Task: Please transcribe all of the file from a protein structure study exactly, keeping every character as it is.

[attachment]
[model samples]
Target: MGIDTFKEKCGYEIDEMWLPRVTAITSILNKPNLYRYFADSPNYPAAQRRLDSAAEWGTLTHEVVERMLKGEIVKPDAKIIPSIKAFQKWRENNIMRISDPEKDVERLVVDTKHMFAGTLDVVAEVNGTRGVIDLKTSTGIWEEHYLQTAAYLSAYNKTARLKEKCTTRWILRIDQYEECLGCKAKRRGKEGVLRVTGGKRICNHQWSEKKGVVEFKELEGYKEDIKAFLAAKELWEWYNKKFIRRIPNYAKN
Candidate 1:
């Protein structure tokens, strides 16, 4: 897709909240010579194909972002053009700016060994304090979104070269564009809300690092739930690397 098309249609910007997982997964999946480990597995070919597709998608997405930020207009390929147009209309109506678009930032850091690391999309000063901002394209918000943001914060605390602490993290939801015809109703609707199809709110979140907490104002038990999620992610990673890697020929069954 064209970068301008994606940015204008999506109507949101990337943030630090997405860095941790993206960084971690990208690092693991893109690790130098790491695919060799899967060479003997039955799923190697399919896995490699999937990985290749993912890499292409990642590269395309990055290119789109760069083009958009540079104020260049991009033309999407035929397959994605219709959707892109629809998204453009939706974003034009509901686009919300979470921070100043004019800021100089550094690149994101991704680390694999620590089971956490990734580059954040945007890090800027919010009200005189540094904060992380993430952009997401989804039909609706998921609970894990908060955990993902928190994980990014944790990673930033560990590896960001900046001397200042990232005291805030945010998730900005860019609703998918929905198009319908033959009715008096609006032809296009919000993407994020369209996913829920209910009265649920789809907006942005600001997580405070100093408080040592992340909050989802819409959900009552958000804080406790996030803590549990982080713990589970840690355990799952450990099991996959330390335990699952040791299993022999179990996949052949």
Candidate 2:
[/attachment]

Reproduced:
[model samples]
Target: MGIDTFKEKCGYEIDEMWLPRVTAITSILNKPNLYRYFADSPNYPAAQRRLDSAAEWGTLTHEVVERMLKGEIVKPDAKIIPSIKAFQKWRENNIMRISDPEKDVERLVVDTKHMFAGTLDVVAEVNGTRGVIDLKTSTGIWEEHYLQTAAYLSAYNKTARLKEKCTTRWILRIDQYEECLGCKAKRRGKEGVLRVTGGKRICNHQWSEKKGVVEFKELEGYKEDIKAFLAAKELWEWYNKKFIRRIPNYAKN
Candidate 1:
């Protein structure tokens, strides 16, 4: 897709909240010579194909972002053009700016060994304090979104070269564009809300690092739930690397 098309249609910007997982997964999946480990597995070919597709998608997405930020207009390929147009209309109506678009930032850091690391999309000063901002394209918000943001914060605390602490993290939801015809109703609707199809709110979140907490104002038990999620992610990673890697020929069954 064209970068301008994606940015204008999506109507949101990337943030630090997405860095941790993206960084971690990208690092693991893109690790130098790491695919060799899967060479003997039955799923190697399919896995490699999937990985290749993912890499292409990642590269395309990055290119789109760069083009958009540079104020260049991009033309999407035929397959994605219709959707892109629809998204453009939706974003034009509901686009919300979470921070100043004019800021100089550094690149994101991704680390694999620590089971956490990734580059954040945007890090800027919010009200005189540094904060992380993430952009997401989804039909609706998921609970894990908060955990993902928190994980990014944790990673930033560990590896960001900046001397200042990232005291805030945010998730900005860019609703998918929905198009319908033959009715008096609006032809296009919000993407994020369209996913829920209910009265649920789809907006942005600001997580405070100093408080040592992340909050989802819409959900009552958000804080406790996030803590549990982080713990589970840690355990799952450990099991996959330390335990699952040791299993022999179990996949052949």
Candidate 2: